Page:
Ask Sony to protect kids: Peter Rabbit screen warning

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As you may have heard, the new Sony Pictures Peter Rabbit film features Peter and his fluffy friends raiding the veggie garden of grouchy old Mr MacGregor.  How does this band of cheerful, plucky rabbits defeat this cranky man and avoid his traps, I hear you ask? By banding together to build a clever decoy?  By digging stealthy tunnels and swiping his carrots in the night? By winning him over with their adorable antics? No. This film shows the band of heroes attacking the man with the food he is deathly allergic to until he collapses in full anaphylactic shock.  The rabbits are delighted and the film ends.

I am concerned that children watching the film, which has only a PG rating, will absorb the message that it is okay to nearly kill a person using their allergies as a weapon.  That food fights are okay. That it’s all, really, just a bit of fun.

This is not a bit of fun.  My child is one of thousands of children across the country who suffer from life threatening allergies that are found within the lunchboxes of his friends.  If a food fight breaks out at our local park, a fragment of food hitting his mouth could induce anaphylaxis and kill him.  And though he, and others like him, carries an adrenalin autoinjector (Epipen) to be used in an emergency, it may not save him. Did you know that in 2010, a 13 year old school student died after a mouthful of allergen despite being given at least 4 epipens, plus ambulance treatment?  Any incident can escalate into a fatal incident.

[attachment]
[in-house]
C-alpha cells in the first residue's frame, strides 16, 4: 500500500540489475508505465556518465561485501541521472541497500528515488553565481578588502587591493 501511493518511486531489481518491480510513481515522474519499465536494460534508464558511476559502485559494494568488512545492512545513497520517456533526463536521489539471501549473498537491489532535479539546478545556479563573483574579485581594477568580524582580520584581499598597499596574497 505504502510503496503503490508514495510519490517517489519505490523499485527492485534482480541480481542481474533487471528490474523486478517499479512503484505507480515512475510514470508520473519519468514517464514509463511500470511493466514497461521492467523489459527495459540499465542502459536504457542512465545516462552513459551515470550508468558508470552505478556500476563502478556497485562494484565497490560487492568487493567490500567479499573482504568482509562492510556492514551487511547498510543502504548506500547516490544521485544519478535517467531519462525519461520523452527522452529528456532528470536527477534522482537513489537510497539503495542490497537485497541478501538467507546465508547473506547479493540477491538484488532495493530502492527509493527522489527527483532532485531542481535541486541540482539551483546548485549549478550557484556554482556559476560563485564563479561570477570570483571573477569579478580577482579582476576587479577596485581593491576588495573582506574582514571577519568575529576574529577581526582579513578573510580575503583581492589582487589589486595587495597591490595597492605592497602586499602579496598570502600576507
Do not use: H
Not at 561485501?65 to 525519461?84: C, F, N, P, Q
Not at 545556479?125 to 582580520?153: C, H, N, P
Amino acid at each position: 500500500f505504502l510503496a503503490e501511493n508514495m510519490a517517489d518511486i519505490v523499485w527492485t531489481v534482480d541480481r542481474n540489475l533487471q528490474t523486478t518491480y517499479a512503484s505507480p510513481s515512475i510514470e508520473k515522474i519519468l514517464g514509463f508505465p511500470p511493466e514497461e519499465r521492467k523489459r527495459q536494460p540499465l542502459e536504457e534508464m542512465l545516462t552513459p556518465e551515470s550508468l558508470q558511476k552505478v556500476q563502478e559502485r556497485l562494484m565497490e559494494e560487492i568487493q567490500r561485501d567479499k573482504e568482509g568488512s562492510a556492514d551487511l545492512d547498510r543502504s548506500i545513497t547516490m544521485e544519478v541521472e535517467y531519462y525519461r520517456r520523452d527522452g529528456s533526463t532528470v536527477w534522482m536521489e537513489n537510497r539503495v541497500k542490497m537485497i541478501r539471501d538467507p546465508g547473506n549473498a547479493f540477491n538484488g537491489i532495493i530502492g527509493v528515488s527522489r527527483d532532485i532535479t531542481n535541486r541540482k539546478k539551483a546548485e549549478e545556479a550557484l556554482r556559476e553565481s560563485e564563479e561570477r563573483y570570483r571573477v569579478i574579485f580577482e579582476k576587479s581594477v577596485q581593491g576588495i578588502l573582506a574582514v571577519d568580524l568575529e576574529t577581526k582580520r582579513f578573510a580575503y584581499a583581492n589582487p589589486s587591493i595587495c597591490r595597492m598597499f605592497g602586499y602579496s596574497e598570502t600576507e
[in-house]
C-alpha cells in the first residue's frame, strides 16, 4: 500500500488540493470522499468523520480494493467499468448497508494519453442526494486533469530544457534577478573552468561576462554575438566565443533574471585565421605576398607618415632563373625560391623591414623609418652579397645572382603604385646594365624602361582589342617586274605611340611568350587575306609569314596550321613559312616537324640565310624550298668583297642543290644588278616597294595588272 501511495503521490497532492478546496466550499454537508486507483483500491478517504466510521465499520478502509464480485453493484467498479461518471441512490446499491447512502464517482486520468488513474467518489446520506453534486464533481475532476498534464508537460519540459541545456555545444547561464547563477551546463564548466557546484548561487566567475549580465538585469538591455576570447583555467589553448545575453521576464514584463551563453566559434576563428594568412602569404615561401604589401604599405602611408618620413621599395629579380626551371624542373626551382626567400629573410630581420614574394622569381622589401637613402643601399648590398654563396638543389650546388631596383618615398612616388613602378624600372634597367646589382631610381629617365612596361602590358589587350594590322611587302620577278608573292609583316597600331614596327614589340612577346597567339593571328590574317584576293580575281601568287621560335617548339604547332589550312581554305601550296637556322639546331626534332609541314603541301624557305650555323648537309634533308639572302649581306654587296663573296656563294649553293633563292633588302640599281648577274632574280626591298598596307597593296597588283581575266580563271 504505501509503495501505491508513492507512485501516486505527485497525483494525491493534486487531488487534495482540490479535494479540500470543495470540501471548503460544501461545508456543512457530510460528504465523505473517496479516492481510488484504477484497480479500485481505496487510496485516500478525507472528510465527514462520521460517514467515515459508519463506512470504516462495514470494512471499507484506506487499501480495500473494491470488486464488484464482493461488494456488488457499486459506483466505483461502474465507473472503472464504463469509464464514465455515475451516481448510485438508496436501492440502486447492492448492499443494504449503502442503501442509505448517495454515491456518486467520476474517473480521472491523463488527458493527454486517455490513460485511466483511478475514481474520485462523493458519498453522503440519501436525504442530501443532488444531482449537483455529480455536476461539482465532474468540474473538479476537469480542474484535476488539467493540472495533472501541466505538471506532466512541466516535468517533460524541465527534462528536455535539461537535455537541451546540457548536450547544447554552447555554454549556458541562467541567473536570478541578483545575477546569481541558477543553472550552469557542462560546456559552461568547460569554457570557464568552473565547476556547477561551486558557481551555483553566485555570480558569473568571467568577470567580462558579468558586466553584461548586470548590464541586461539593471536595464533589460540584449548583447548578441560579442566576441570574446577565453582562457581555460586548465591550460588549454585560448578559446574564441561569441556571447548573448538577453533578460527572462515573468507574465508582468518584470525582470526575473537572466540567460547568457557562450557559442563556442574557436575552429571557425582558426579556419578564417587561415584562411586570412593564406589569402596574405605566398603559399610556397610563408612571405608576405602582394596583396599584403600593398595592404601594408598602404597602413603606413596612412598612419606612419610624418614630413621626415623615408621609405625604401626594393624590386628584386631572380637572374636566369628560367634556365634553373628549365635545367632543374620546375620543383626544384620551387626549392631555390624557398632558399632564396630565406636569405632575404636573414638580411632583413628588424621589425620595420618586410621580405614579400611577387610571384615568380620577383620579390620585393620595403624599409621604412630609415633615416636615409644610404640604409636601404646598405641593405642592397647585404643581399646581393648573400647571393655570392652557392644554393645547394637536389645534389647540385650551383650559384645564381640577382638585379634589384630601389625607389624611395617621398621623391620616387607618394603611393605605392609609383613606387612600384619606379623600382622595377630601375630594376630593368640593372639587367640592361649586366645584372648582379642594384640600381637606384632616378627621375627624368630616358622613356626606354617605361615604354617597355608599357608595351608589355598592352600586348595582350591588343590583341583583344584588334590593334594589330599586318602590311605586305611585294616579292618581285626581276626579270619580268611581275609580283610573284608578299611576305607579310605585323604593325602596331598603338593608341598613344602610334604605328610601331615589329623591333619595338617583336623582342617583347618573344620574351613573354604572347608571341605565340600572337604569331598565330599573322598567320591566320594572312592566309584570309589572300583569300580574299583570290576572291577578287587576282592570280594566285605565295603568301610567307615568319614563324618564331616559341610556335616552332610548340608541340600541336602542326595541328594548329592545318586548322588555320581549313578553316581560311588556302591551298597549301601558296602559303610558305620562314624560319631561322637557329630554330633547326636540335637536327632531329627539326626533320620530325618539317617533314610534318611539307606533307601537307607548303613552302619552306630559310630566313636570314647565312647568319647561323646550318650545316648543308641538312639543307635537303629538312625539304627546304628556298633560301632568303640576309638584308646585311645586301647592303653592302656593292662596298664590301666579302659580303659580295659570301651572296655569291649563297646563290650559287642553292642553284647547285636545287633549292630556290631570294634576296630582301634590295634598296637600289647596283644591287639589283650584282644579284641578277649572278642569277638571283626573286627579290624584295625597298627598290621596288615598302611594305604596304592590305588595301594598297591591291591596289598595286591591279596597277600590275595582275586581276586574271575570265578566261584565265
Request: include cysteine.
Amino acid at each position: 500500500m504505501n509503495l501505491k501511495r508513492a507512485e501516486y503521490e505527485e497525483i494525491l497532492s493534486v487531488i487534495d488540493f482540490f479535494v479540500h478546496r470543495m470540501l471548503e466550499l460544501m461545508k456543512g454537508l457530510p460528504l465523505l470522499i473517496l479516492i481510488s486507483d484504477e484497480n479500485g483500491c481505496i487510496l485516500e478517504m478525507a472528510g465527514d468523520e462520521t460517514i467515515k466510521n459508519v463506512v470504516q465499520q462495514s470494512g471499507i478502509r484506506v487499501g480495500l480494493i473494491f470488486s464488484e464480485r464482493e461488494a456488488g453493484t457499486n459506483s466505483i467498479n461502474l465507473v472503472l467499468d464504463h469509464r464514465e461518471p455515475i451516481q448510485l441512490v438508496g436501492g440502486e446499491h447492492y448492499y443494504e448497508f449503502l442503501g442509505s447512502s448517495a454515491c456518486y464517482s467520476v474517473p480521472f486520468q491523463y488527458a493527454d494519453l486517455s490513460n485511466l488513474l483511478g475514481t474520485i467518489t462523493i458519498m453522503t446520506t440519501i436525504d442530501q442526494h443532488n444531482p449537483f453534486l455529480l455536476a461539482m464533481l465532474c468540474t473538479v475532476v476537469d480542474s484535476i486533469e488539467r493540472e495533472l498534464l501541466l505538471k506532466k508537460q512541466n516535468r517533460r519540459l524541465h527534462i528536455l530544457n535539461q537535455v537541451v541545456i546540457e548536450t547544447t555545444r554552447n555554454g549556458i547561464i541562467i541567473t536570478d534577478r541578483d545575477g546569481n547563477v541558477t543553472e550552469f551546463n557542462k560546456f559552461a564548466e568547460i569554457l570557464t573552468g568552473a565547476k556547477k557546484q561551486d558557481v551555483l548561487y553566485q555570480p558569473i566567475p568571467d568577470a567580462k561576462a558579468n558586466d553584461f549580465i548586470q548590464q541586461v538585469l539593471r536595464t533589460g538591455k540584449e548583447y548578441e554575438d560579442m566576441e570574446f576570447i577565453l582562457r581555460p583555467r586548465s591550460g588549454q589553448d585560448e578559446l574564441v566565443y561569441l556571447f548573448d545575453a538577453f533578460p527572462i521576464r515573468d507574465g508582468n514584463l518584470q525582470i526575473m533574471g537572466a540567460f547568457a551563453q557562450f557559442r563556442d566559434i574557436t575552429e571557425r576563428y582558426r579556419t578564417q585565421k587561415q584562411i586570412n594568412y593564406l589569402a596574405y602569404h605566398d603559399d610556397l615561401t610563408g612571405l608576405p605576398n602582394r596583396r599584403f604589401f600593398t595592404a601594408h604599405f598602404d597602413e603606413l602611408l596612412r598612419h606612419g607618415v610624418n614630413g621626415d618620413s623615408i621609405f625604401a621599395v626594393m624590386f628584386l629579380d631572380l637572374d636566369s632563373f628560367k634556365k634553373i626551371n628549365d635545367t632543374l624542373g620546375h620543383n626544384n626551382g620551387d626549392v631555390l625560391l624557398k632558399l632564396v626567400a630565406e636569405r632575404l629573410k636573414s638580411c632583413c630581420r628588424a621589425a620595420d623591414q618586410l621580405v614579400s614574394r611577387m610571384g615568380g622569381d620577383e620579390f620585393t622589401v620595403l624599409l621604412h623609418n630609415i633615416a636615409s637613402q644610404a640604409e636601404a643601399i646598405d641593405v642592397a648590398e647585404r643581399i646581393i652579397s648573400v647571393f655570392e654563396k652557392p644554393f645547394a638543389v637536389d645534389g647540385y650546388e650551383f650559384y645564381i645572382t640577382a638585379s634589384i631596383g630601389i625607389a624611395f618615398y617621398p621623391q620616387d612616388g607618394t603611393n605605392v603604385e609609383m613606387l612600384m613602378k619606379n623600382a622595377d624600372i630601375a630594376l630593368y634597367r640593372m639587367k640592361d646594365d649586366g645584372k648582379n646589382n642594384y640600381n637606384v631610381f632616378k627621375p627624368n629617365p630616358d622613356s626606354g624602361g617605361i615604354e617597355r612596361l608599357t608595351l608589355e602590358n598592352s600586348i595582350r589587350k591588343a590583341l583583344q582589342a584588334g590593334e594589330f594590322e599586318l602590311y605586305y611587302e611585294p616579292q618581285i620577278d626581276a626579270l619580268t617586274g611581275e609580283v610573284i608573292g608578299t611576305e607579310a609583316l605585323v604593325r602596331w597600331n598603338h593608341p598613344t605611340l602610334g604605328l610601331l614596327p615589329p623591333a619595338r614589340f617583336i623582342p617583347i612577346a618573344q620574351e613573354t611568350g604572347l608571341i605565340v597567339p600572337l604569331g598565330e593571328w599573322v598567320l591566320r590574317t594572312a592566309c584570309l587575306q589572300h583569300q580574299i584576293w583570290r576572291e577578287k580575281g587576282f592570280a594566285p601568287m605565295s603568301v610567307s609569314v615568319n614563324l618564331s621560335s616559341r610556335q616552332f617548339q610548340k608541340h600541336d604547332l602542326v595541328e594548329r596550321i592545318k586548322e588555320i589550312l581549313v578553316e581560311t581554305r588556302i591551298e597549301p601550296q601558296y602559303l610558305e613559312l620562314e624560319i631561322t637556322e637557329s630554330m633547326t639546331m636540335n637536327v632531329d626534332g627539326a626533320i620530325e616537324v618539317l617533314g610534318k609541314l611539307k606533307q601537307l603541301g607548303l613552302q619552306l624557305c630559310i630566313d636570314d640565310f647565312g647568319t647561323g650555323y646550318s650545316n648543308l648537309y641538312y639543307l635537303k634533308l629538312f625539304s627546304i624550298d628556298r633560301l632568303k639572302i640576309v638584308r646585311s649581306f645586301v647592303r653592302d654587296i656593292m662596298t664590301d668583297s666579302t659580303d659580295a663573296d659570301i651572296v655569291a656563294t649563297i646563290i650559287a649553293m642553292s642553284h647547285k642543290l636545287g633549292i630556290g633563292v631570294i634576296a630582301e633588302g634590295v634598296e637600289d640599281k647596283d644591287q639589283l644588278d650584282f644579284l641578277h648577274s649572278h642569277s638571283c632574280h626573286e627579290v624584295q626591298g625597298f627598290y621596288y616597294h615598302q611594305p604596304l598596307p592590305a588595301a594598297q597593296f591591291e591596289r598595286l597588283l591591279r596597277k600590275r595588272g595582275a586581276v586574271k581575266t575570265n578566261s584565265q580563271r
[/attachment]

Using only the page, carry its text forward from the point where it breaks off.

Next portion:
Peak bodies representing allergy patient organisations across the world have written a joint letter to Sony Pictures, requesting that the film be withdrawn, edited, or, at the very least, a warning screened prior to the film.  To their shame, however, they have done no more than release a public apology, and the film is due to be released in a few short weeks to tens of thousands of naive Australian school children out on their Easter holidays.

Ask Sony Pictures to create a warning to be screened at the start of their film, stating that food allergies are life threatening and that the actions of characters depicted in the film should not be copied in real life.  It is a small thing to ask, but could make the biggest difference to a child with life threatening allergies.



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